[8] The fact that the value of the estate administered by the trustee might be reduced by a suit is not alone sufficient to justify an injunction. If value alone were enough, every ordinary commercial dispute of a company involved in reorganization could conceivably wind up being administered by the bankruptcy court. Traditional plenary court jurisdiction would be interfered with needlessly, and achieving the purposes of reorganization would be more difficult to the extent that creditors were unwilling to do business with a company all of whose disputes go to bankruptcy court. See Fidelity Mortgage Investors v. Camelia Builders, Inc., supra, at 57. These policy judgments also accord with the bankruptcy policy against enjoining suits in other courts, except upon a satisfactory showing that prosecution of the action would hinder the administration of the debtor’s estate. See Thompson v. Texas Mexican Railway, 328 U.S. 134, 140-41, 66 S.Ct. 937, 90 L.Ed. 1132 (1946); Foust v. Munson Steamship Lines, 299 U.S. 77, 84, 57 S.Ct. 90, 81 L.Ed. 49 (1936); Diners Club, Inc. v. Bumb, supra, 421 F.2d at 401-02; Novo Enzyme Corp. v. Baker,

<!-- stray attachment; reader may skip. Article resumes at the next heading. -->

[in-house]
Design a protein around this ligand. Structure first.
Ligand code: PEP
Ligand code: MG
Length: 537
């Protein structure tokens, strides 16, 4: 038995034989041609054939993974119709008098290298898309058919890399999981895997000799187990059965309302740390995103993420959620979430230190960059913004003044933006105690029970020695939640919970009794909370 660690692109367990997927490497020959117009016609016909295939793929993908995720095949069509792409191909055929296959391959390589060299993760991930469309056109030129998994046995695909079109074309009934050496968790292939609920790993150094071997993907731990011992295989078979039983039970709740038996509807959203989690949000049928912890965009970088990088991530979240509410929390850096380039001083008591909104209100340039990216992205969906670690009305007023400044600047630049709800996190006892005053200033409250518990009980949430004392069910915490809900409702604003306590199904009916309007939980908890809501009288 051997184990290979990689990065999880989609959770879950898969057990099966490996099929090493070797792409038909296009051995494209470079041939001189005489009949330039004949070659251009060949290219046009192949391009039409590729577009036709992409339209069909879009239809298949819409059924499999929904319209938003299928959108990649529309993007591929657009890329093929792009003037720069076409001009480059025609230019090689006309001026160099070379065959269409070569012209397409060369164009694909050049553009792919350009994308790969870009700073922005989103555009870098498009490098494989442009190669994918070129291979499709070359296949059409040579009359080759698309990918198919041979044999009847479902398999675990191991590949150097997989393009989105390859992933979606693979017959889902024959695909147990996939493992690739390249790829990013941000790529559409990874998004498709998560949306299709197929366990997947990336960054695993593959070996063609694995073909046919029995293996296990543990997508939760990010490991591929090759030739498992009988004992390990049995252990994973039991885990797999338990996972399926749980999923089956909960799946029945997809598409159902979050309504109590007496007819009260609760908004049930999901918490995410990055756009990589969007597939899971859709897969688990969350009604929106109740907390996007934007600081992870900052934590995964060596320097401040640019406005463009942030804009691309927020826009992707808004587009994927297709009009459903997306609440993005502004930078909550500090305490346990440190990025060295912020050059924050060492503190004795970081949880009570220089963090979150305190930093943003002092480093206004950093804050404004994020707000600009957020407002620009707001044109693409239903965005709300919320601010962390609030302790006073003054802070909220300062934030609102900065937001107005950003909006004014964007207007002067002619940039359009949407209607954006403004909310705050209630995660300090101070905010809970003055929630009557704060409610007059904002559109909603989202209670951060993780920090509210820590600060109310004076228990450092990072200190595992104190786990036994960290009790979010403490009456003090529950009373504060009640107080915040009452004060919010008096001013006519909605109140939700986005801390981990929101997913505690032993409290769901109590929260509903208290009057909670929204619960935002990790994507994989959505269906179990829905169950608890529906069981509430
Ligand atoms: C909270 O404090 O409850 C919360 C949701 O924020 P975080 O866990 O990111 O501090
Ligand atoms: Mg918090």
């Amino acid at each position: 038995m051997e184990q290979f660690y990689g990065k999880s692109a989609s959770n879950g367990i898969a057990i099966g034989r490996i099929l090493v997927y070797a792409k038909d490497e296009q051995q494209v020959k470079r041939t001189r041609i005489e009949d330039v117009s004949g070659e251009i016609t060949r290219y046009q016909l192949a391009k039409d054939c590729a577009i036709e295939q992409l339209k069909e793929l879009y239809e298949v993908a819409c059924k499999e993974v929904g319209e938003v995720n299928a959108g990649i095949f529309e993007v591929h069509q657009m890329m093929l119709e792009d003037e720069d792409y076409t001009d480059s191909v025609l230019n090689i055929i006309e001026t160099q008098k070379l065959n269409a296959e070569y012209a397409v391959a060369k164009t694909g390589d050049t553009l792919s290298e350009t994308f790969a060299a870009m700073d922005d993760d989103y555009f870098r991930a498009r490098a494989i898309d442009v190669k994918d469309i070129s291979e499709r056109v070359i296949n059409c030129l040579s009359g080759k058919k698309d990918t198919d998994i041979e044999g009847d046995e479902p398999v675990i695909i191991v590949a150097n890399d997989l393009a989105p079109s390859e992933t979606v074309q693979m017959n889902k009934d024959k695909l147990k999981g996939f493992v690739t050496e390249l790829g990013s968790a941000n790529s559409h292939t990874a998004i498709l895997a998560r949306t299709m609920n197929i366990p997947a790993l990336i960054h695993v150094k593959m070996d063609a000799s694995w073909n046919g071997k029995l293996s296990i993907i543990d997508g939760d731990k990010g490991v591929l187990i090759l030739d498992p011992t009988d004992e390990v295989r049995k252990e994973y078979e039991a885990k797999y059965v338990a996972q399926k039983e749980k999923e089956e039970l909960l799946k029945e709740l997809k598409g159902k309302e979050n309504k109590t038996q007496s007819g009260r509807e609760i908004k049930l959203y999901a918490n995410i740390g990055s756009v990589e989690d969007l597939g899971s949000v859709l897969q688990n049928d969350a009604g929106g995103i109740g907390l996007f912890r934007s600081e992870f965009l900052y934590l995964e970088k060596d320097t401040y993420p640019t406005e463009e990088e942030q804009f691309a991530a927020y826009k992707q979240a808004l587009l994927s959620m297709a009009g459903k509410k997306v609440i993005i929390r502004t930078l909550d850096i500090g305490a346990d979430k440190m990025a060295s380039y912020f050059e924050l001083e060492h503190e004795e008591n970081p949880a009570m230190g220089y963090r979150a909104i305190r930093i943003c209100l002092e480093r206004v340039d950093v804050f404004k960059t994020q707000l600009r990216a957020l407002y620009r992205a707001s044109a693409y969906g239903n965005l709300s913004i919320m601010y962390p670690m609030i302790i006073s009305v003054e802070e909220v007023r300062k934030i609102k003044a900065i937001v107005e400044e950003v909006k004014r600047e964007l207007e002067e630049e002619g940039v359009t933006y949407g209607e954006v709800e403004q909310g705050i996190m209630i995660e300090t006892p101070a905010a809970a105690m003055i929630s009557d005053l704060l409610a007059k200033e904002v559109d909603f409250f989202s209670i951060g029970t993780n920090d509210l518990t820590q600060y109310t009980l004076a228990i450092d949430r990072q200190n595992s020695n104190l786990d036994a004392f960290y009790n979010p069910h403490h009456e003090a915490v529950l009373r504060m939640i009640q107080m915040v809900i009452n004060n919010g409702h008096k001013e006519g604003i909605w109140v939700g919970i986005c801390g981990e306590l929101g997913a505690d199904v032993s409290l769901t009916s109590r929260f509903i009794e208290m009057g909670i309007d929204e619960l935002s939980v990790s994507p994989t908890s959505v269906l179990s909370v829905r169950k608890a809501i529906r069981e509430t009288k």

361 F.Supp. 337, 338-39 (S.D.N.Y. 1973); City of Bridgeton v. Central Railroad Co., 126 N.J.Super. 196, 199, 313 A.2d 622, 624 (1973).

[9] A reorganization court, therefore, should generally make specific, sequential findings before it enjoins a state suit against a reorganization trustee. It must decide first whether the lawsuit relates to “routine” business activities of the debtor that are carried on by the trustee. Fidelity Mortgage Investors v. Camelia Builders, Inc., supra, at 57. If the lawsuit is not so related, it may be enjoined. See id. at 56-57; Vass v. Conron Bros., supra, 59 F.2d at 971. If the lawsuit is so related, however, the court must make a further finding before an injunction may issue: that the suit will embarrass, burden, delay or otherwise impede the reorganization proceeding. Accord, Diners Club, Inc. v. Bumb, supra, 421 F.2d at 401, 402.